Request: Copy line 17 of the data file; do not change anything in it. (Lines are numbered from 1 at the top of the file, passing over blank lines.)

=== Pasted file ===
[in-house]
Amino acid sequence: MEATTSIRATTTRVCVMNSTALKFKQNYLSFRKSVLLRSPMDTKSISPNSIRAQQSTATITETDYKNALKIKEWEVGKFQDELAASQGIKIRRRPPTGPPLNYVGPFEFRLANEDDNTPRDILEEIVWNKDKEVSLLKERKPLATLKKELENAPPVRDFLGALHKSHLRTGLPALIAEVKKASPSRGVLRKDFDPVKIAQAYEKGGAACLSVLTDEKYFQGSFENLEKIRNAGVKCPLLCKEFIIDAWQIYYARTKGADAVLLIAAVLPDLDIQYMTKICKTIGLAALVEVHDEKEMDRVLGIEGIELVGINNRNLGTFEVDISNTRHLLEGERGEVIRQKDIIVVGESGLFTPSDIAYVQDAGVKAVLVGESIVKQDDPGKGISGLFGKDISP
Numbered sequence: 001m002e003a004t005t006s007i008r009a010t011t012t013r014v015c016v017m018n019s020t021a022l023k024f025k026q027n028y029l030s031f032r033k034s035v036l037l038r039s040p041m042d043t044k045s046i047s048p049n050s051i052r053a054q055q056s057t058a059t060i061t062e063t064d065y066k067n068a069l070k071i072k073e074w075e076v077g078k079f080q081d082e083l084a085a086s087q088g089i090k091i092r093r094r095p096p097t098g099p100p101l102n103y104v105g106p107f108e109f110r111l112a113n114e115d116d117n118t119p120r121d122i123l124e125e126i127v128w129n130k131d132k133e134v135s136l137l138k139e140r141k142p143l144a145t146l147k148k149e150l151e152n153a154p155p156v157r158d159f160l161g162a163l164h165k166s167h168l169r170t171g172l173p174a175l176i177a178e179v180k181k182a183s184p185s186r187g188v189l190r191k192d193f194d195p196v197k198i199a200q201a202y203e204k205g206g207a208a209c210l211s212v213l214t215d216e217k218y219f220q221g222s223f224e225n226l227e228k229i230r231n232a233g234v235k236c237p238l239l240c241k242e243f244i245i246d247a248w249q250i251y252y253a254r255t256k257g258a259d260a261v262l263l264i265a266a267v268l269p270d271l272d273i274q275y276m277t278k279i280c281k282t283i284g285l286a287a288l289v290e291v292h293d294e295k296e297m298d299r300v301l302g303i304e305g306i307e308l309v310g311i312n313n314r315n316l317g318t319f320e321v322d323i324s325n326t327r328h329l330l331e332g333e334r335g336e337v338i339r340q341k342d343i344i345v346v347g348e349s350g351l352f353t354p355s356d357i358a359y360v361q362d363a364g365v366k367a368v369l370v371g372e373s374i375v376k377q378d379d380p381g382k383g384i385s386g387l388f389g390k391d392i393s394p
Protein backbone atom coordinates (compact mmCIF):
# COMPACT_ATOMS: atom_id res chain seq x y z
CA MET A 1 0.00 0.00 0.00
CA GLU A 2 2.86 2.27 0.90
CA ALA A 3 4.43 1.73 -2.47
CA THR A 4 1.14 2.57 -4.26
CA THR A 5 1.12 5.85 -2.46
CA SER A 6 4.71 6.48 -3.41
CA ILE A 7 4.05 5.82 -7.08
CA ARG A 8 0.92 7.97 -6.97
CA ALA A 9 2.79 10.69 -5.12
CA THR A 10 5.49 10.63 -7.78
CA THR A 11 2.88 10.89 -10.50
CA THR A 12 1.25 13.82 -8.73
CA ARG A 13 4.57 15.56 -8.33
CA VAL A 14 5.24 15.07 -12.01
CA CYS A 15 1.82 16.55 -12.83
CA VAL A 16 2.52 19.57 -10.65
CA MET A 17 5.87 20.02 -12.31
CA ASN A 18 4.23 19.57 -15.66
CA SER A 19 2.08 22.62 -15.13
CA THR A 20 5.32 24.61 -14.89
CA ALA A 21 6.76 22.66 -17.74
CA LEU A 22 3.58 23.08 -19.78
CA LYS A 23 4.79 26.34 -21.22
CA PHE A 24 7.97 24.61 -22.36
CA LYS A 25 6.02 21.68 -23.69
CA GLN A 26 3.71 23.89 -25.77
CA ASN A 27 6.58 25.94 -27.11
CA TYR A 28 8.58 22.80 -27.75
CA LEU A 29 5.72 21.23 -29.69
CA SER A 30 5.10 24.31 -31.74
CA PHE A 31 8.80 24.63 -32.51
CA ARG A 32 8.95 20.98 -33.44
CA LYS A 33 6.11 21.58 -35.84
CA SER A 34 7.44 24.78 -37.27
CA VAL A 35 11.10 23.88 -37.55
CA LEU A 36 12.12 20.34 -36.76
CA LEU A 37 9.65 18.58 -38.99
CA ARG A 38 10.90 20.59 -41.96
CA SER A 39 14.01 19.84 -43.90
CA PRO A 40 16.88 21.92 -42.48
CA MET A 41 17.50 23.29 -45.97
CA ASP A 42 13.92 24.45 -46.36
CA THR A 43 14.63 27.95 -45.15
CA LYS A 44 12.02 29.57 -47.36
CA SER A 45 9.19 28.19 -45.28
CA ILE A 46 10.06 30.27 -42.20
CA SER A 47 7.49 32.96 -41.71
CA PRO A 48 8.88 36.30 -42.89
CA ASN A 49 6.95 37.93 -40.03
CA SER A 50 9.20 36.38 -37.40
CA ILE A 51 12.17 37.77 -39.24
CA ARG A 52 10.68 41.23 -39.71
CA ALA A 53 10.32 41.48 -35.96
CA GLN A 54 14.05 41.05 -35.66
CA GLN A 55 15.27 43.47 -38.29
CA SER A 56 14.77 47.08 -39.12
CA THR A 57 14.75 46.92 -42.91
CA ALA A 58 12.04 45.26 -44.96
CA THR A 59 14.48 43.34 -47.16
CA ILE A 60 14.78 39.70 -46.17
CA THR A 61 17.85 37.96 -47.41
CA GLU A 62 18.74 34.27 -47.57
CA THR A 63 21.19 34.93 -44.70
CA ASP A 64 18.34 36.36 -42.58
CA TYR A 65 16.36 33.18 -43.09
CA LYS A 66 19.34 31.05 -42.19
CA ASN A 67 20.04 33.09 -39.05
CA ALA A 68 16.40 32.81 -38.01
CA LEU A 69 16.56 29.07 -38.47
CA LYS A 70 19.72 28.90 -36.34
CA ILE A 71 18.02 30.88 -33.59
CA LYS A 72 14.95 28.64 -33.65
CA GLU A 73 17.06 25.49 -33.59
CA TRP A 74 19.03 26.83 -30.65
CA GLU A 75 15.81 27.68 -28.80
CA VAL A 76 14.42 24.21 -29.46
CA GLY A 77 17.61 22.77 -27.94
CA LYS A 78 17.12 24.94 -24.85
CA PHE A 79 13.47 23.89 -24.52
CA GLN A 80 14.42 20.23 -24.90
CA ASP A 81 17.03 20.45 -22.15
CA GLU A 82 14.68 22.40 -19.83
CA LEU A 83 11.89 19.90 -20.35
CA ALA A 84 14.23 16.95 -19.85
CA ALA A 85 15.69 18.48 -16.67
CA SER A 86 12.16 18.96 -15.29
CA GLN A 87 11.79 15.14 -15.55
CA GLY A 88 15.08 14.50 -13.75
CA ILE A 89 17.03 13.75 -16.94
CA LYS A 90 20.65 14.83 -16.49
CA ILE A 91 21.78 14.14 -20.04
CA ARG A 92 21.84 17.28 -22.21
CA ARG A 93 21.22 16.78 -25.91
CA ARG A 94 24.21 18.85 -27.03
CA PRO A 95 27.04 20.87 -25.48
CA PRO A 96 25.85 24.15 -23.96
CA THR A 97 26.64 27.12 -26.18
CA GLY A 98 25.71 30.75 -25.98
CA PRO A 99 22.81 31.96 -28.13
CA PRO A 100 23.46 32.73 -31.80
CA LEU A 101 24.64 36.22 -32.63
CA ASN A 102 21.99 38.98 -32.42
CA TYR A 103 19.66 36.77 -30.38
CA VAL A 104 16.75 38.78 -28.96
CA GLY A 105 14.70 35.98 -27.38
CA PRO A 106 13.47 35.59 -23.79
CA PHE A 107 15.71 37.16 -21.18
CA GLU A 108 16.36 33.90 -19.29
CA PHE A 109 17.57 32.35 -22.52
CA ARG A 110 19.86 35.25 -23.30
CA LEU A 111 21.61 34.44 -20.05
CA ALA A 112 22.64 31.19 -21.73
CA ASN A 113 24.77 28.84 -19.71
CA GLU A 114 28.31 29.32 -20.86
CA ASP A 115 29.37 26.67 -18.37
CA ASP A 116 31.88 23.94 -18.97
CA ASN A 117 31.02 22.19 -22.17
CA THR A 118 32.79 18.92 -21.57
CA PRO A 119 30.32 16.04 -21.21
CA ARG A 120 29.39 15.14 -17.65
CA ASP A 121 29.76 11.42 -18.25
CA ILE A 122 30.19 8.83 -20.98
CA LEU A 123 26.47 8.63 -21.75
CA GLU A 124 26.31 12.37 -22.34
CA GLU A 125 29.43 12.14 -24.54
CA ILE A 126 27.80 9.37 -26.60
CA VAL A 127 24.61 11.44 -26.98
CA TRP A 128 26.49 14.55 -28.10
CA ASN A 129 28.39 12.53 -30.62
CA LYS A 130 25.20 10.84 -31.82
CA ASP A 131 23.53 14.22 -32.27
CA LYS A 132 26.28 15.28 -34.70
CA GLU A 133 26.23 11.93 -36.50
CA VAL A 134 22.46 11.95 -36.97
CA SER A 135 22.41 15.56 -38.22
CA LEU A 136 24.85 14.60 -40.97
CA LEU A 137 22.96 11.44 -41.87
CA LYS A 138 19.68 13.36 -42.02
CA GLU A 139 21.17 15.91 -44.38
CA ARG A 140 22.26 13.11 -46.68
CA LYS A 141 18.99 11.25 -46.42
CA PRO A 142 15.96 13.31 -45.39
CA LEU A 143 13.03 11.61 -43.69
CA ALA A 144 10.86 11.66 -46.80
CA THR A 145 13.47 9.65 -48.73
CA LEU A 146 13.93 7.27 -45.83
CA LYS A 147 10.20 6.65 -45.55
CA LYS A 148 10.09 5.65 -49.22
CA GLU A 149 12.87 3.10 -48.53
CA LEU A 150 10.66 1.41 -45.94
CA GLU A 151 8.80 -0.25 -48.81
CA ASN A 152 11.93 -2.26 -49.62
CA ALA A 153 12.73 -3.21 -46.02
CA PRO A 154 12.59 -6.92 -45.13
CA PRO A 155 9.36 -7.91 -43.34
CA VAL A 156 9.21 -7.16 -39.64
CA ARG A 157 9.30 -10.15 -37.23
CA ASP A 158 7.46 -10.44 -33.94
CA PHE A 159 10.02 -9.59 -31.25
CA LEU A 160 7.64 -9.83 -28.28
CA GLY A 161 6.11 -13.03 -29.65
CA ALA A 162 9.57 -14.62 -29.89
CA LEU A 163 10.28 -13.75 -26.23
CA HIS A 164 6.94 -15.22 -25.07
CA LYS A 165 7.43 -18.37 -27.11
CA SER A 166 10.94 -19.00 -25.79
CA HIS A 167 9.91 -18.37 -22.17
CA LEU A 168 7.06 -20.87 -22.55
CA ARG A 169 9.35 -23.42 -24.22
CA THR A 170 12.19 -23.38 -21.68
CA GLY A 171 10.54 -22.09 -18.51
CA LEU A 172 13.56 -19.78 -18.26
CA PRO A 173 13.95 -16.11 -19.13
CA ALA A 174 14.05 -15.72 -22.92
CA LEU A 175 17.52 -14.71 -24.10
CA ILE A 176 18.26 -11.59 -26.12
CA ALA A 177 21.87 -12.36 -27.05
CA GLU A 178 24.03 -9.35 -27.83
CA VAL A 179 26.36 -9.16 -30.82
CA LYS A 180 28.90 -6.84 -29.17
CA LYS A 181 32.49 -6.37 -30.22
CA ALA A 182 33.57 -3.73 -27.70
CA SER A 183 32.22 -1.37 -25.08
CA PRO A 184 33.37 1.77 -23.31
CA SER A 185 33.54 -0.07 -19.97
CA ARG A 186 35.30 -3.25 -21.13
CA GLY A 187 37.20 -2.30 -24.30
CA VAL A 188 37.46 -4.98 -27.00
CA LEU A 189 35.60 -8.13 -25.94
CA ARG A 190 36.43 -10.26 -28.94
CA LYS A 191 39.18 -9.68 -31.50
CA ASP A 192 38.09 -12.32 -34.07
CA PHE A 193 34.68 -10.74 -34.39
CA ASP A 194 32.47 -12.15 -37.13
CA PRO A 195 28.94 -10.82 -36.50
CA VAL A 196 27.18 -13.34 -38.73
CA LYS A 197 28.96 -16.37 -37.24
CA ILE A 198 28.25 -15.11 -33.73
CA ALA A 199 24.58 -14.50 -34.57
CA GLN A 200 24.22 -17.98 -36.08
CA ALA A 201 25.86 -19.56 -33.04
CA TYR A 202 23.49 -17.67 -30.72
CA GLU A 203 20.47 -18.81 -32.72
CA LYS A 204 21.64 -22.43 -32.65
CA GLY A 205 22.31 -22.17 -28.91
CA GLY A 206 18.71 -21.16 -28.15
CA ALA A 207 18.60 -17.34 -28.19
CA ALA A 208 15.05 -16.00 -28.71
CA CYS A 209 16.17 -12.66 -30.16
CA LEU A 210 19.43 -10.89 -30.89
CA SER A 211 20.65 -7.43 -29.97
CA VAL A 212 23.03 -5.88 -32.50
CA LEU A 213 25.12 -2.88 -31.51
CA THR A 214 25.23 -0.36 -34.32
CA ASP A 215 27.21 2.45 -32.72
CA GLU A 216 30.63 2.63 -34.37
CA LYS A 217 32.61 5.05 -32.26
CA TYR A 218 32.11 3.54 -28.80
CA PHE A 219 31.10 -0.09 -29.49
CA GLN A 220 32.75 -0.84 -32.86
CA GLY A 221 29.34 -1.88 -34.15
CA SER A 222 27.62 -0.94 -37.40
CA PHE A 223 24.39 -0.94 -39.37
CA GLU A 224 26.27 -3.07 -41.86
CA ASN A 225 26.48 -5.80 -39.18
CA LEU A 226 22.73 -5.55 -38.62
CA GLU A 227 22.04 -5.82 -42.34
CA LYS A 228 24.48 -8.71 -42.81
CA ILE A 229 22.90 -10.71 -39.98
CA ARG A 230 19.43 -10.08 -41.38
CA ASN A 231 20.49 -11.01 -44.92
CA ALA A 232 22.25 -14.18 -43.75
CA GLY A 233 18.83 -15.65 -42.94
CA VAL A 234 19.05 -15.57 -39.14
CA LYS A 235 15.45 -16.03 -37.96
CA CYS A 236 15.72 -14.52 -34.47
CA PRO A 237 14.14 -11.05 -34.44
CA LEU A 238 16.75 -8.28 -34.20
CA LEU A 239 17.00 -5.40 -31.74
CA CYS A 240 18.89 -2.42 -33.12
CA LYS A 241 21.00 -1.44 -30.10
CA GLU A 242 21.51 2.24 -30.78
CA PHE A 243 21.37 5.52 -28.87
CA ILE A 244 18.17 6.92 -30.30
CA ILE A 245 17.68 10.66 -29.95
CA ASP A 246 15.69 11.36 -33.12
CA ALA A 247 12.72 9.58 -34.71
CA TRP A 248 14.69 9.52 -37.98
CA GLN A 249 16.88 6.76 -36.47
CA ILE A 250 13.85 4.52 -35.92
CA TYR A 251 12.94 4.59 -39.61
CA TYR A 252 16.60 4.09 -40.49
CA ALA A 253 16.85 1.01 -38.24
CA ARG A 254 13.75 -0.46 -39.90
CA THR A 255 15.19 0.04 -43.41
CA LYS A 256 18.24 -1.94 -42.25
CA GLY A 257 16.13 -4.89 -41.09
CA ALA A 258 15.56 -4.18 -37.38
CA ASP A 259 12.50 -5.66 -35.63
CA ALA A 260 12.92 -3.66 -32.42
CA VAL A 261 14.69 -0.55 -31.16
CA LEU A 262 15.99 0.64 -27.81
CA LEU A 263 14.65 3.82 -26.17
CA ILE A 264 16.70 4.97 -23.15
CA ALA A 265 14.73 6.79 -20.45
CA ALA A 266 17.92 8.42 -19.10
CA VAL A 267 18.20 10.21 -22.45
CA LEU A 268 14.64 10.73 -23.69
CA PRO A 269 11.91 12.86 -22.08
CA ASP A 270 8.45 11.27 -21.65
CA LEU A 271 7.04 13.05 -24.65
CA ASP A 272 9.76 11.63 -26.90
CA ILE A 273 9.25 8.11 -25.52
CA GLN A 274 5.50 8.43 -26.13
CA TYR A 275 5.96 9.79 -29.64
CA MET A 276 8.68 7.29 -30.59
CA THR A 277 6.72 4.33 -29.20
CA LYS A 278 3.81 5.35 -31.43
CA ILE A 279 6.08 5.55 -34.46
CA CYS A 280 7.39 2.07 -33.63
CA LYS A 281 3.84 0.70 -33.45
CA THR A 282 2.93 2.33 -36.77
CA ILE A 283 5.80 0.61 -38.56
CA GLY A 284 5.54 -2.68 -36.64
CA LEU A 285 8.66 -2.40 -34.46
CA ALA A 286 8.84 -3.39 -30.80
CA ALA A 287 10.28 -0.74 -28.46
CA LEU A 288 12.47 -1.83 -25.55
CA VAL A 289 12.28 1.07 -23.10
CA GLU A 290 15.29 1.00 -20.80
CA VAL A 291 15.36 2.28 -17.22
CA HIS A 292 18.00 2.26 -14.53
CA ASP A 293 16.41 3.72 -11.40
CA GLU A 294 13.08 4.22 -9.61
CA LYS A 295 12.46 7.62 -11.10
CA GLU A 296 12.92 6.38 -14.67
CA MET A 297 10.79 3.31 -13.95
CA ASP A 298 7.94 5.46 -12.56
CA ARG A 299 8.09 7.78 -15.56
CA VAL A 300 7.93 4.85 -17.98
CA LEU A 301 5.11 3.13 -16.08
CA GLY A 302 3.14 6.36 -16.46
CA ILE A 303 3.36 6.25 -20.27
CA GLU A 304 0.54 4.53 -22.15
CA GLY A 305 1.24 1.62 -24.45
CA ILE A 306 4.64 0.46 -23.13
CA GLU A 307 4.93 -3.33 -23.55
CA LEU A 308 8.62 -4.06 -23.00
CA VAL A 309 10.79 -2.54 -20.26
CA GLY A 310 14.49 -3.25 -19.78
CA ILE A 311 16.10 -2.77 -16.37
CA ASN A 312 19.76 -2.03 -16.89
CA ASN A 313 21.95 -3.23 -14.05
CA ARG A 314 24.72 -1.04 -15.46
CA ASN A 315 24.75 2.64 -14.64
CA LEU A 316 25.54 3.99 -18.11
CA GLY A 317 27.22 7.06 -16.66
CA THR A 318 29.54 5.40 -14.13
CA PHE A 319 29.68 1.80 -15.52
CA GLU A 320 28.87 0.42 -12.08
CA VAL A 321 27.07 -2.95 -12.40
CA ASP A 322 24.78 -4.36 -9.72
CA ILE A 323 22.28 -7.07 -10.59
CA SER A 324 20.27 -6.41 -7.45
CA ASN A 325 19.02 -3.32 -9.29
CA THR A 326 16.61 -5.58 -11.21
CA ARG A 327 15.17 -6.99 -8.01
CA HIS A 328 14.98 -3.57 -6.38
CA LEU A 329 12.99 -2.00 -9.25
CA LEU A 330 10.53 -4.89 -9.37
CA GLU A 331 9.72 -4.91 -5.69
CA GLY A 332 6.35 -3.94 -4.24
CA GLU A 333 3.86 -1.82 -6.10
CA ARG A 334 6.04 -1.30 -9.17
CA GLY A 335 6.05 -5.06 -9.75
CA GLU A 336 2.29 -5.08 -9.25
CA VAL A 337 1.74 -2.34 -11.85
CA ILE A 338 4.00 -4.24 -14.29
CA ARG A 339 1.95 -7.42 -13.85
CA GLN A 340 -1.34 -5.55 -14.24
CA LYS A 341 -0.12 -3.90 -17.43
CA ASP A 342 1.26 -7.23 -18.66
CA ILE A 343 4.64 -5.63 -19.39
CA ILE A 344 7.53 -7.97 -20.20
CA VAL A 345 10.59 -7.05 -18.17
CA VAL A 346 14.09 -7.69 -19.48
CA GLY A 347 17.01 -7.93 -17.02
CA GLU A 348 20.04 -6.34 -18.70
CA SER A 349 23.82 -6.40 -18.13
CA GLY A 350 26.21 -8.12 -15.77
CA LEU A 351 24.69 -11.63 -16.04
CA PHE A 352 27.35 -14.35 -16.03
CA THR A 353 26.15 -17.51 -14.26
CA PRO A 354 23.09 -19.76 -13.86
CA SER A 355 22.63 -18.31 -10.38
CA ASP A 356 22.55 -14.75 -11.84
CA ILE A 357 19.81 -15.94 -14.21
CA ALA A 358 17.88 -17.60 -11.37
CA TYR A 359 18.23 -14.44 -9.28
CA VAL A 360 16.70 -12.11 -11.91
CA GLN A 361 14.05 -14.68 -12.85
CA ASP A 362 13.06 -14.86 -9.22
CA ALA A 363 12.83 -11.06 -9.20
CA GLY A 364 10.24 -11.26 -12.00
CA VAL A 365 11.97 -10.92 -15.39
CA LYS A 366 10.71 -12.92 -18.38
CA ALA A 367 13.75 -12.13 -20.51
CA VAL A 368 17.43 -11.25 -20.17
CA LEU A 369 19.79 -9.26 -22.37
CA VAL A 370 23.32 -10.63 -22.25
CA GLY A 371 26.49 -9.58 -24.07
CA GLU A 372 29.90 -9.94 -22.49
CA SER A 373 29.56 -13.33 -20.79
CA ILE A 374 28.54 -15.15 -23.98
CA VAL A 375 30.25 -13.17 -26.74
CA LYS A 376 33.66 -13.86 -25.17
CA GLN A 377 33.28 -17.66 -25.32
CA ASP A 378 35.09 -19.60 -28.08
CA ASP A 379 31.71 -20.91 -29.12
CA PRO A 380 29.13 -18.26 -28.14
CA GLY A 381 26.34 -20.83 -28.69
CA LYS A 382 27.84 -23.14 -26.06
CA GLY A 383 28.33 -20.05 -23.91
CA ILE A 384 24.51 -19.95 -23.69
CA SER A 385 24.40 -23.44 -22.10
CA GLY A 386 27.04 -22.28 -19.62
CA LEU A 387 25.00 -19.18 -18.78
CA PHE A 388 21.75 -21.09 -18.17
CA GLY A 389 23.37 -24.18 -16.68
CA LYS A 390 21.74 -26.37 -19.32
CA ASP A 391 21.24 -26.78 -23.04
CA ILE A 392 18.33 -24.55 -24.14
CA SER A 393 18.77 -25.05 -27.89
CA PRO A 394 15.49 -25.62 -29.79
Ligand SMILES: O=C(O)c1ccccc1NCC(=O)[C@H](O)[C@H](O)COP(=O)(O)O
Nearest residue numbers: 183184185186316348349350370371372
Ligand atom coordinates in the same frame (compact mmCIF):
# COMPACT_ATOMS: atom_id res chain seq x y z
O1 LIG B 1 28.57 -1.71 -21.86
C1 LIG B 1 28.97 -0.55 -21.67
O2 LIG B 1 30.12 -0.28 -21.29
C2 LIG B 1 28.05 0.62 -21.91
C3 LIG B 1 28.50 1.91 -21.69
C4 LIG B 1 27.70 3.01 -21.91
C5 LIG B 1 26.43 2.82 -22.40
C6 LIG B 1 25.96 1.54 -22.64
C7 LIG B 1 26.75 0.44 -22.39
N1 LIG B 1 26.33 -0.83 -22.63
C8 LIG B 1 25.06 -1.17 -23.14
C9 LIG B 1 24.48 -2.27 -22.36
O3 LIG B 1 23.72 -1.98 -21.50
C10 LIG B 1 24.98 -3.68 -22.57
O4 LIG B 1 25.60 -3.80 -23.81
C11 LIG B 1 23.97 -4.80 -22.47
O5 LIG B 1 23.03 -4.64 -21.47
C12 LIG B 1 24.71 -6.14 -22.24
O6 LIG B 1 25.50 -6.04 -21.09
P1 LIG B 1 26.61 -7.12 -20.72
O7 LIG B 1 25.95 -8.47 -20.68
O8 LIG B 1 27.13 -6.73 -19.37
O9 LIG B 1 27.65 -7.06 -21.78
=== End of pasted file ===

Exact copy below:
CA THR A 12 1.25 13.82 -8.73